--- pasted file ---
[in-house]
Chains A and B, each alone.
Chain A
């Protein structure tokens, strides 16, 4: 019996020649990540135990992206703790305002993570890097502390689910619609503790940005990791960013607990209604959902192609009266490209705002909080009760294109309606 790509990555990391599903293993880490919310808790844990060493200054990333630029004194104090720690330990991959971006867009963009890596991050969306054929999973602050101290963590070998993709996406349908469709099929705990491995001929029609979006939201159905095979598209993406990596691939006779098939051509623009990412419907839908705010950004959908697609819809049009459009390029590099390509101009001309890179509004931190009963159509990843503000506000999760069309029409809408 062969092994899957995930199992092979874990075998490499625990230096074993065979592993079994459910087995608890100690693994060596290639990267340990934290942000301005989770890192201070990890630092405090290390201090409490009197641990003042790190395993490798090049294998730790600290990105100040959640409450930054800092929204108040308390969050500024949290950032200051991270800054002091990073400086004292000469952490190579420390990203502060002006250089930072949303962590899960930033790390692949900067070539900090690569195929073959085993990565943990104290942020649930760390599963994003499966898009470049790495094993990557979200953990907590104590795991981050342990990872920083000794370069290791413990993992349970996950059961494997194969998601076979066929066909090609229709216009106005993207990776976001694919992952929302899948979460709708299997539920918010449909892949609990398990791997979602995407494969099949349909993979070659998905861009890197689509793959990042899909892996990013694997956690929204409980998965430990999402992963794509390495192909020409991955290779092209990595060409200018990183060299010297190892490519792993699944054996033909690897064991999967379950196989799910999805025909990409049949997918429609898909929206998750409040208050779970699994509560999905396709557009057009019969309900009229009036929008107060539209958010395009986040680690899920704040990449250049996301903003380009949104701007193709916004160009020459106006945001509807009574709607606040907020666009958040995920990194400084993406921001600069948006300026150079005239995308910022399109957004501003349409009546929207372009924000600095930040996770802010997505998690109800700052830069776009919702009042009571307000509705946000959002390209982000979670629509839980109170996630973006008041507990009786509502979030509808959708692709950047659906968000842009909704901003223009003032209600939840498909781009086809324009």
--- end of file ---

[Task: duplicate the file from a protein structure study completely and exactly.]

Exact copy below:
[in-house]
Chains A and B, each alone.
Chain A
């Protein structure tokens, strides 16, 4: 019996020649990540135990992206703790305002993570890097502390689910619609503790940005990791960013607990209604959902192609009266490209705002909080009760294109309606 790509990555990391599903293993880490919310808790844990060493200054990333630029004194104090720690330990991959971006867009963009890596991050969306054929999973602050101290963590070998993709996406349908469709099929705990491995001929029609979006939201159905095979598209993406990596691939006779098939051509623009990412419907839908705010950004959908697609819809049009459009390029590099390509101009001309890179509004931190009963159509990843503000506000999760069309029409809408 062969092994899957995930199992092979874990075998490499625990230096074993065979592993079994459910087995608890100690693994060596290639990267340990934290942000301005989770890192201070990890630092405090290390201090409490009197641990003042790190395993490798090049294998730790600290990105100040959640409450930054800092929204108040308390969050500024949290950032200051991270800054002091990073400086004292000469952490190579420390990203502060002006250089930072949303962590899960930033790390692949900067070539900090690569195929073959085993990565943990104290942020649930760390599963994003499966898009470049790495094993990557979200953990907590104590795991981050342990990872920083000794370069290791413990993992349970996950059961494997194969998601076979066929066909090609229709216009106005993207990776976001694919992952929302899948979460709708299997539920918010449909892949609990398990791997979602995407494969099949349909993979070659998905861009890197689509793959990042899909892996990013694997956690929204409980998965430990999402992963794509390495192909020409991955290779092209990595060409200018990183060299010297190892490519792993699944054996033909690897064991999967379950196989799910999805025909990409049949997918429609898909929206998750409040208050779970699994509560999905396709557009057009019969309900009229009036929008107060539209958010395009986040680690899920704040990449250049996301903003380009949104701007193709916004160009020459106006945001509807009574709607606040907020666009958040995920990194400084993406921001600069948006300026150079005239995308910022399109957004501003349409009546929207372009924000600095930040996770802010997505998690109800700052830069776009919702009042009571307000509705946000959002390209982000979670629509839980109170996630973006008041507990009786509502979030509808959708692709950047659906968000842009909704901003223009003032209600939840498909781009086809324009």